*It’s worth noting, though, that both men and women can risk straining or detaching certain soft connective tissues (such as those holding retinae or breasts in place) when they subject their bodies to truly rapid acceleration—so bungee jumpers be wary.
posted by filthy light thief at 8:00 AM on October 11, 2017 [2 favorites]

This may be what caused you to post your question, but there are plenty of such warnings about now with respect to artificial intelligence. Here is a link to an article quoting Stephen Hawking, Elon Musk and Bill Gates.

Going back a year or two, we have Ben Franklin's invention of the lightning rod. It was opposed by some who thought lightning was due to the Wrath of God, and that the invention was contravening God's Will. Article here.
posted by SemiSalt at 9:05 AM on October 11, 2017

It might be worth checking out the 1970 book, "Future Shock," by Alvin Toffler.
posted by baseballpajamas at 9:10 AM on October 11, 2017

Women and bicycles.
posted by Iris Gambol at 9:27 AM on October 11, 2017

Electricity might leak out of the walls.

H/t to my mom: sitting too close to the TV will make you go blind.
posted by 4ster at 11:37 AM on October 11, 2017

Fun version of this: xkcd comic
posted by edbles at 12:09 PM on October 11, 2017 [1 favorite]

Plato, quoting Socrates in Phaedrus wasn't too keen on the new-fangled idea of writing, although I suppose it had been around for a while by his time;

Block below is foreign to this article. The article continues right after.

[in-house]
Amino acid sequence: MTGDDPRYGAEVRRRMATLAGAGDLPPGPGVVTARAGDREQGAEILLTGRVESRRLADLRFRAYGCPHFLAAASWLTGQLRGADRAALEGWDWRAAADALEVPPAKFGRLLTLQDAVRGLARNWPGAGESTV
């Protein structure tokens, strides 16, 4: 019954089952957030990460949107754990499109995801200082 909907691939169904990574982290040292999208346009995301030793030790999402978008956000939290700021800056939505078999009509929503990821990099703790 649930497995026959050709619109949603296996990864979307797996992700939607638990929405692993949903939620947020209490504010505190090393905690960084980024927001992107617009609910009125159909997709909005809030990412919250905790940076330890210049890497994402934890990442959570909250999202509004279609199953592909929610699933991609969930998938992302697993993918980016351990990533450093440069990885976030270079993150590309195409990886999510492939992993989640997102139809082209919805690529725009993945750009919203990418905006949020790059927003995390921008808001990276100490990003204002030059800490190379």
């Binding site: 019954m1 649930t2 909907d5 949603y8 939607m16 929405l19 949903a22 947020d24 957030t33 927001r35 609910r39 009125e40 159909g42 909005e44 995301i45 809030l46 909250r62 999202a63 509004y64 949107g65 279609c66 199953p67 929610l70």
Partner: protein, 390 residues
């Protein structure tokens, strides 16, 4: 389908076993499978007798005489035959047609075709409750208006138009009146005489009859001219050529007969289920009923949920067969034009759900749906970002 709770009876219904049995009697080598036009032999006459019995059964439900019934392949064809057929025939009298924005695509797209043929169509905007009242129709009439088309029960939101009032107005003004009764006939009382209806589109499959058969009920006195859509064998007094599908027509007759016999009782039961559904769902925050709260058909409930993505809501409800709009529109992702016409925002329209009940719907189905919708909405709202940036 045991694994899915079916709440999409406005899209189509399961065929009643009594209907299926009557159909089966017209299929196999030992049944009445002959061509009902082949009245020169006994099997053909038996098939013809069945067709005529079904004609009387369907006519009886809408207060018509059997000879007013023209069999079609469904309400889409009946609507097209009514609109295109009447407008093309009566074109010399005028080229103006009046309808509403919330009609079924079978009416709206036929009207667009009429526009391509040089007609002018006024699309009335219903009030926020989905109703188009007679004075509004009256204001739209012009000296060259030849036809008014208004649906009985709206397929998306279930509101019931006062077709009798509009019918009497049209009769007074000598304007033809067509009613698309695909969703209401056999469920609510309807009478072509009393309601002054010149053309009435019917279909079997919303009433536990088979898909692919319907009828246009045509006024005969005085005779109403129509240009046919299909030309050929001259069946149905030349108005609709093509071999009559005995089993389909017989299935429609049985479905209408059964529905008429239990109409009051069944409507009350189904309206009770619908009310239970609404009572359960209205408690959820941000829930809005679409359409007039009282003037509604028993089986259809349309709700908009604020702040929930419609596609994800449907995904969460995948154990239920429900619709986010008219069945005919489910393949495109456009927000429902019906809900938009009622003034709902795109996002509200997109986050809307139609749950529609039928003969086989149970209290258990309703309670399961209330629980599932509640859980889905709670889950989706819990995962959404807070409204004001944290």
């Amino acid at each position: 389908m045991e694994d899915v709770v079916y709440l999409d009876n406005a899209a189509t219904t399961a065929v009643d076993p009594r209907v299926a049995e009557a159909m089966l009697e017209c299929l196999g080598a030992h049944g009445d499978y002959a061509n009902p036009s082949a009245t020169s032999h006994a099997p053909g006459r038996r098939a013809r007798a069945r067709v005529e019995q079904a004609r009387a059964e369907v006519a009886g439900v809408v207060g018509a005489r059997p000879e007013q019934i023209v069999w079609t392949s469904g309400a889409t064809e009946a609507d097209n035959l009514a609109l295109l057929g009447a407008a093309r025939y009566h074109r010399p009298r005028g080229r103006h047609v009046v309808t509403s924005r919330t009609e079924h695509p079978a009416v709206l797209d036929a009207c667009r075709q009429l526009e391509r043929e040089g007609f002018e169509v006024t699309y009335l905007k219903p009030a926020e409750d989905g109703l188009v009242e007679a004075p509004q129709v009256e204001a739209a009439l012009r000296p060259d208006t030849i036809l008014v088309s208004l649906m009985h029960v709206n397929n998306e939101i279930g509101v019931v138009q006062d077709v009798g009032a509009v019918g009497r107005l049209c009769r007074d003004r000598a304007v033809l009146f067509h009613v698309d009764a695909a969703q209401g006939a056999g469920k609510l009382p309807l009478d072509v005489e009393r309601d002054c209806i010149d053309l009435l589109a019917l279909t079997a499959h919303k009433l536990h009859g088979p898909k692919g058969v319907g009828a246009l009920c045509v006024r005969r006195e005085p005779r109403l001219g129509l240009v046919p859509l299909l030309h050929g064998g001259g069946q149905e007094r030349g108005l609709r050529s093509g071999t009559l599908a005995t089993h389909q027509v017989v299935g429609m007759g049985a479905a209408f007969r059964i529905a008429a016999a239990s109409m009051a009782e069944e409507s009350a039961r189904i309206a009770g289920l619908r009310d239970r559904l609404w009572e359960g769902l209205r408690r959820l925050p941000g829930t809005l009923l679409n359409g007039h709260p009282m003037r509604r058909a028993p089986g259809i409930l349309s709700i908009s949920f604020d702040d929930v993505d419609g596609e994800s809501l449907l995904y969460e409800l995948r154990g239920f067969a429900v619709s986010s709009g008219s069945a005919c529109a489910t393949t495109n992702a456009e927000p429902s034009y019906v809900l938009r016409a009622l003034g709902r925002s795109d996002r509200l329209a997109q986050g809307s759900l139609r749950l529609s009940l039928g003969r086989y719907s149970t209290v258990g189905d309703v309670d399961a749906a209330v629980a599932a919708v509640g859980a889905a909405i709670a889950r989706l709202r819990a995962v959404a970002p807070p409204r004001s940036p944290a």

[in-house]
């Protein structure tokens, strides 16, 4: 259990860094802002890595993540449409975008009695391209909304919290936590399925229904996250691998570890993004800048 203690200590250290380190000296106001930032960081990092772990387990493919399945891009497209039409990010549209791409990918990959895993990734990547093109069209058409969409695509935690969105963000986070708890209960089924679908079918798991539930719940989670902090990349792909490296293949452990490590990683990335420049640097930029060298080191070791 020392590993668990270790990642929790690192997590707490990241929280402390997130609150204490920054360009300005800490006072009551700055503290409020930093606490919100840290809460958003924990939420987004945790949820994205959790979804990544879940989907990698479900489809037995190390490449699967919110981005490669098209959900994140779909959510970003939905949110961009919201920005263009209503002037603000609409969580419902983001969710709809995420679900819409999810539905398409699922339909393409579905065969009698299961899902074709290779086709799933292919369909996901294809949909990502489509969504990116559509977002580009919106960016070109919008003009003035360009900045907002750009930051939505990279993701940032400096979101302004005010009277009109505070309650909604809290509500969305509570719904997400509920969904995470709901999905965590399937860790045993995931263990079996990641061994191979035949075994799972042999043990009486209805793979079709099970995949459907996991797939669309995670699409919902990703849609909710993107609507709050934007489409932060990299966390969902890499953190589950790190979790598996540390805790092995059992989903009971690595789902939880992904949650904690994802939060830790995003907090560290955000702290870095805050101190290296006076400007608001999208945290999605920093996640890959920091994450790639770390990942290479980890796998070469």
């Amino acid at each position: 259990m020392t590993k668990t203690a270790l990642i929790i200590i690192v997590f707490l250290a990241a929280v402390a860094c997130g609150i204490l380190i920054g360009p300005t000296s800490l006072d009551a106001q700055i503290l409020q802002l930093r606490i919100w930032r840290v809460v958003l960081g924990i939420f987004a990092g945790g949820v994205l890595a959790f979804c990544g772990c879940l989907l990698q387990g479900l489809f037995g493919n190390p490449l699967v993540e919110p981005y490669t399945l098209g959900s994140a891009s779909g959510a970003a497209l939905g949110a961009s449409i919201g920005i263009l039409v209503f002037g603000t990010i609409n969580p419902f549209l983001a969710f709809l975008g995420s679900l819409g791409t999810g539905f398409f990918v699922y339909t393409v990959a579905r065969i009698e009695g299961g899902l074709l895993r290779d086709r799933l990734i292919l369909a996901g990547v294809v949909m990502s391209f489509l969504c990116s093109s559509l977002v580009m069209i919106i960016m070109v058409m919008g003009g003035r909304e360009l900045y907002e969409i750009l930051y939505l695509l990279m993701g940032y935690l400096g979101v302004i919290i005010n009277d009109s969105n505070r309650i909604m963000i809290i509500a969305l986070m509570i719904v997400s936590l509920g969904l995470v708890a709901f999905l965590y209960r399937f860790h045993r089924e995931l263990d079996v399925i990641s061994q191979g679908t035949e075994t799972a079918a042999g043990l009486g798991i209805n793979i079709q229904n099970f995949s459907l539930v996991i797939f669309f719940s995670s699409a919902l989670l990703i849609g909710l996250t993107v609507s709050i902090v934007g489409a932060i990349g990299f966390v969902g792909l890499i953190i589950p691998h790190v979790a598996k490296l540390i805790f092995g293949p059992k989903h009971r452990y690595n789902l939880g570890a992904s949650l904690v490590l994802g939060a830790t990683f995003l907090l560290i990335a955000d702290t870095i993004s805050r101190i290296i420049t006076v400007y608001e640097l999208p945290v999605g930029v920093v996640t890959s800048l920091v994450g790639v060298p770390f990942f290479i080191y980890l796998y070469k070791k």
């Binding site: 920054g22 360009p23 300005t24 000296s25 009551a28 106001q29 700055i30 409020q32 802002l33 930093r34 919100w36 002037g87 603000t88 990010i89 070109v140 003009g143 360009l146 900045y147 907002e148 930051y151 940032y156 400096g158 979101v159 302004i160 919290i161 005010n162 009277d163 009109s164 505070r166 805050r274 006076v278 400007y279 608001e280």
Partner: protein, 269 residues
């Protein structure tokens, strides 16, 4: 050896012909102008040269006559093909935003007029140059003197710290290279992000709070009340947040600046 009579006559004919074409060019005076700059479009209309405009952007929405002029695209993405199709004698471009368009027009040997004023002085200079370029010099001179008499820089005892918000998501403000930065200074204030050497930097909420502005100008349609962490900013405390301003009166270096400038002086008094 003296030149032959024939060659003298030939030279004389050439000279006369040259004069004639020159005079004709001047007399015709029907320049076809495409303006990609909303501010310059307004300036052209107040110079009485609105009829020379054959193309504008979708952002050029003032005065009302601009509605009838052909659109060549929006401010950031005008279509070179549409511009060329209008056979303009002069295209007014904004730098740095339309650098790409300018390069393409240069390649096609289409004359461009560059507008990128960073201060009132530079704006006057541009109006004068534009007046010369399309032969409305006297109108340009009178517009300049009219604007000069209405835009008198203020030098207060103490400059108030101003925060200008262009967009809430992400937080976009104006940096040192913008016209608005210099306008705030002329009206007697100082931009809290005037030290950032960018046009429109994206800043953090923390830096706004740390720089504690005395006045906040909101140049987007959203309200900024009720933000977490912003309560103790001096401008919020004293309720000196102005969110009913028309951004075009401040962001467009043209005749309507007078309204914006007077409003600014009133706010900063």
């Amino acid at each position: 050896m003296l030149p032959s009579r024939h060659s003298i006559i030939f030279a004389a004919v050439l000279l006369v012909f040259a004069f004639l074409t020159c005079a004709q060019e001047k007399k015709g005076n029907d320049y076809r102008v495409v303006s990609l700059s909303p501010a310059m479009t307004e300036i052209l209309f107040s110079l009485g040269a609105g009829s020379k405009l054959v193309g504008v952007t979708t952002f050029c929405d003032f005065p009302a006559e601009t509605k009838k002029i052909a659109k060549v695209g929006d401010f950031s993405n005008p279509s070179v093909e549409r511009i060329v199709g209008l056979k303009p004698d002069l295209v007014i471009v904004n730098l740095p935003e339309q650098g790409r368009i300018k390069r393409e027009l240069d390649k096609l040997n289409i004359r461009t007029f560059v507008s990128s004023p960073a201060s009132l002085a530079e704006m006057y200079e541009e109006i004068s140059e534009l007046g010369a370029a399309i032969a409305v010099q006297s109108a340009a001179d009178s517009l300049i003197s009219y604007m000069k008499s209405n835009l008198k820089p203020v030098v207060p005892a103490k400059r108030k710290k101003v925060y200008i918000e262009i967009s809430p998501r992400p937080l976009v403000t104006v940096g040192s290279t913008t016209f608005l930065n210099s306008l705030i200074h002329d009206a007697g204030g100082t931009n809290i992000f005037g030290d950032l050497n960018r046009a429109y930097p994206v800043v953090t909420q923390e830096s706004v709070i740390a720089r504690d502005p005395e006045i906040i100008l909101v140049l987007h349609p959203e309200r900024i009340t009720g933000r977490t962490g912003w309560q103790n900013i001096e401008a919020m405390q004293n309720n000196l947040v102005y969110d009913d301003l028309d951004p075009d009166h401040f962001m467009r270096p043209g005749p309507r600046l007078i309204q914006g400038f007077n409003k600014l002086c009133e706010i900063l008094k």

“If men learn this, it will implant forgetfulness in their souls; they will cease to exercise memory because they rely on that which is written, calling things to remembrance no longer from within themselves, but by means of external marks. What you have discovered is a recipe not for memory, but for reminder. And it is no true wisdom that you offer your disciples, but only its semblance, for by telling them of many things without teaching them you will make them seem to know much, while for the most part they know nothing, and as men filled, not with wisdom, but with the conceit of wisdom, they will be a burden to their fellows.”
posted by Fuchsoid at 12:58 PM on October 11, 2017 [3 favorites]

Sousa was a former music pirate who wasn't so happy about other people pirating his stuff.

Popular Amusements by J[onathan] T[ownley] Crane (1869) explains why everything fun is bad. None of this is particularly new, but it's still an old man complaining about fun things the kids these days do.

Apparently there was a claim that electric typewriters would make women fat. And if you read this article, you'll find a number of references to earlier claims about the dangers of the typewriter.

Kaleidoscopes were popular enough in Victorian England that some people got upset about them.

Thrase Talmon wrote an article in The National Era warning that the increasing hustle and bustle of modern life was not only making people more stressed and unhealthy, but was somehow causing them to grow up shorter.

There's plenty of garbage written about how video games are dangerous, despite the lack of professional-quality research.

Moving pictures were also full of evil, apparently.

Did you know that not only was Lincoln shot in a theater, but he was shot because theaters exist to spread evil.

So not all of this is new technology, but it's all confused old folks being upset by things.

And, if you want a bunch of different people terrified of novels, check out the scholarly Merry Coz and sarcastic The Kids These Days.
posted by Fanghorn Dungeon, LLC at 2:02 PM on October 12, 2017 [1 favorite]